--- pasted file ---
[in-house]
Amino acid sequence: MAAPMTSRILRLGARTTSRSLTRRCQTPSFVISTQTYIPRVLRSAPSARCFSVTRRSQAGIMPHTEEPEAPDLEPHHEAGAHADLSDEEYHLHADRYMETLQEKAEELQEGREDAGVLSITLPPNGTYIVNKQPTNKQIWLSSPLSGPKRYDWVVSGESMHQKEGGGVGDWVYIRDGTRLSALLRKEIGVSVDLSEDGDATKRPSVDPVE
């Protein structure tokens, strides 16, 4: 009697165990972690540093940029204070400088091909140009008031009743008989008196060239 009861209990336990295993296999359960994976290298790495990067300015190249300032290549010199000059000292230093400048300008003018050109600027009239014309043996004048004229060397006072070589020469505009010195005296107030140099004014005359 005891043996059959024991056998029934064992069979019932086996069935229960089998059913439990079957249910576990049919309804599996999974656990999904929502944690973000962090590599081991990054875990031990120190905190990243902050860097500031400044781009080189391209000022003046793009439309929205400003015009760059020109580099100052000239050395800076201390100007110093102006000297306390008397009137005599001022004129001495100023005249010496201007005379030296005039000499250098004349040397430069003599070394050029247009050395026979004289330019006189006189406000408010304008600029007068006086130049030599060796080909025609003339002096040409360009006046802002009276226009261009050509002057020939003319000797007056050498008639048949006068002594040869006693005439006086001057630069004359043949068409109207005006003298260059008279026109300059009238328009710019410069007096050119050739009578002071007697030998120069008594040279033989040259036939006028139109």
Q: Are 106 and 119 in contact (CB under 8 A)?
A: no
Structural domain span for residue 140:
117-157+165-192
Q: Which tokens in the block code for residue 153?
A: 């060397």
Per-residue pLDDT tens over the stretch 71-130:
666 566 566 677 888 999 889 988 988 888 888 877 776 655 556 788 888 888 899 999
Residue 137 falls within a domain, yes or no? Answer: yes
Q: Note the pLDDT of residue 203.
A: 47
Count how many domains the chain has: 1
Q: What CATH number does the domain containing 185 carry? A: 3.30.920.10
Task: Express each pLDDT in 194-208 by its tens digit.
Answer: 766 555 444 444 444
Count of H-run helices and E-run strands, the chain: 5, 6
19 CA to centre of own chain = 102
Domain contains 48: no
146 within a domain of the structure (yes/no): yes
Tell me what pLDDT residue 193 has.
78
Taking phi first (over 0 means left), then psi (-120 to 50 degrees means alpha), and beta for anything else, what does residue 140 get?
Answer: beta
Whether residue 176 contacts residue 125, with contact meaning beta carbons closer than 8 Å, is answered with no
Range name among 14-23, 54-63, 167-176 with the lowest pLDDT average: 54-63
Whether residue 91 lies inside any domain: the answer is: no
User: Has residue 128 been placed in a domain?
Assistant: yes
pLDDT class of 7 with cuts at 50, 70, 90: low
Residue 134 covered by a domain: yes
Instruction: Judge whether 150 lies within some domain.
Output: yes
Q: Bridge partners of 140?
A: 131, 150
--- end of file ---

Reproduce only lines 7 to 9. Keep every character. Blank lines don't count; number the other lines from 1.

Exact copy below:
117-157+165-192
Q: Which tokens in the block code for residue 153?
A: 């060397």